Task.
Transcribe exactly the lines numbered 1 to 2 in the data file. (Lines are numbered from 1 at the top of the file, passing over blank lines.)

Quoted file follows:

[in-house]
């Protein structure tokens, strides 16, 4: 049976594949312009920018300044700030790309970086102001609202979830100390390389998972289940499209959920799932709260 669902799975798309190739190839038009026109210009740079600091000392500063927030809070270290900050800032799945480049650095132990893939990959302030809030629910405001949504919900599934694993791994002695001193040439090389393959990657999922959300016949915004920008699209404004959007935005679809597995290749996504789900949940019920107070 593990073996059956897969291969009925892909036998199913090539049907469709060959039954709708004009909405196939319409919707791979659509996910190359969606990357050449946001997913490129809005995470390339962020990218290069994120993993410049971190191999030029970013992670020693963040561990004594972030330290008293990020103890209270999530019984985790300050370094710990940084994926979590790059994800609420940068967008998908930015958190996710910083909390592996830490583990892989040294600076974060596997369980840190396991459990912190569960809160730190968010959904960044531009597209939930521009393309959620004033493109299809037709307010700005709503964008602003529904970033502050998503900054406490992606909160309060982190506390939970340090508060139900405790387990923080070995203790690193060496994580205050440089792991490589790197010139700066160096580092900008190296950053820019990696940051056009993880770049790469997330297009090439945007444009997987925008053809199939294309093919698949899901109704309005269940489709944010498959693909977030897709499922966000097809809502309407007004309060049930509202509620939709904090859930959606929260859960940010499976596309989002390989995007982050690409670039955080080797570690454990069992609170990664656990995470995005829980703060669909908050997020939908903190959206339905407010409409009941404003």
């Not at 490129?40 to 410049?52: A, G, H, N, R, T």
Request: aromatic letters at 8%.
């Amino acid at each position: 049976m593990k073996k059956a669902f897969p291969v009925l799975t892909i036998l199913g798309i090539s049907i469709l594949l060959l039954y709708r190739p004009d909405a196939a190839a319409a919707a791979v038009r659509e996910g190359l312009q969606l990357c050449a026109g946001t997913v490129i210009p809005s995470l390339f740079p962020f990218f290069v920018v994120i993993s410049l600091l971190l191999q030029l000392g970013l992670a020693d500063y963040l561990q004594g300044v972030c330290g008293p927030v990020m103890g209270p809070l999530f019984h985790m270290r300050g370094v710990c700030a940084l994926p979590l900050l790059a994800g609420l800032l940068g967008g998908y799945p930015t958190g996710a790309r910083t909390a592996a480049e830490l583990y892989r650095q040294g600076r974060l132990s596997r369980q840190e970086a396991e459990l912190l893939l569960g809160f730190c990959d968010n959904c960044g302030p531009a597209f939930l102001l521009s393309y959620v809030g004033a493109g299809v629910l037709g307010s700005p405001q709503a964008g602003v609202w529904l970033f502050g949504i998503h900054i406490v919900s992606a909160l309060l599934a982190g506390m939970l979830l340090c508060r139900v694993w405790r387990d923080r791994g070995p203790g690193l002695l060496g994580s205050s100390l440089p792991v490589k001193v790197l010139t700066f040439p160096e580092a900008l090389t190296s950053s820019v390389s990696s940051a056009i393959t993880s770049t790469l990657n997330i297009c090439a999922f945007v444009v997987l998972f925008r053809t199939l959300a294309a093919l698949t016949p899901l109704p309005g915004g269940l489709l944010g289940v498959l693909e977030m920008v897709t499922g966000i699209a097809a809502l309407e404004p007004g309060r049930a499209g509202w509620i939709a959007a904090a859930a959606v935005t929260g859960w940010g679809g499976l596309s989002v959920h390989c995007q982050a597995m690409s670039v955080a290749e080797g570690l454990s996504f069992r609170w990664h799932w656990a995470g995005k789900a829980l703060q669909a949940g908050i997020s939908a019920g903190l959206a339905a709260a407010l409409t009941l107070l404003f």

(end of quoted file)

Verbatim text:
[in-house]
């Protein structure tokens, strides 16, 4: 049976594949312009920018300044700030790309970086102001609202979830100390390389998972289940499209959920799932709260 669902799975798309190739190839038009026109210009740079600091000392500063927030809070270290900050800032799945480049650095132990893939990959302030809030629910405001949504919900599934694993791994002695001193040439090389393959990657999922959300016949915004920008699209404004959007935005679809597995290749996504789900949940019920107070 593990073996059956897969291969009925892909036998199913090539049907469709060959039954709708004009909405196939319409919707791979659509996910190359969606990357050449946001997913490129809005995470390339962020990218290069994120993993410049971190191999030029970013992670020693963040561990004594972030330290008293990020103890209270999530019984985790300050370094710990940084994926979590790059994800609420940068967008998908930015958190996710910083909390592996830490583990892989040294600076974060596997369980840190396991459990912190569960809160730190968010959904960044531009597209939930521009393309959620004033493109299809037709307010700005709503964008602003529904970033502050998503900054406490992606909160309060982190506390939970340090508060139900405790387990923080070995203790690193060496994580205050440089792991490589790197010139700066160096580092900008190296950053820019990696940051056009993880770049790469997330297009090439945007444009997987925008053809199939294309093919698949899901109704309005269940489709944010498959693909977030897709499922966000097809809502309407007004309060049930509202509620939709904090859930959606929260859960940010499976596309989002390989995007982050690409670039955080080797570690454990069992609170990664656990995470995005829980703060669909908050997020939908903190959206339905407010409409009941404003």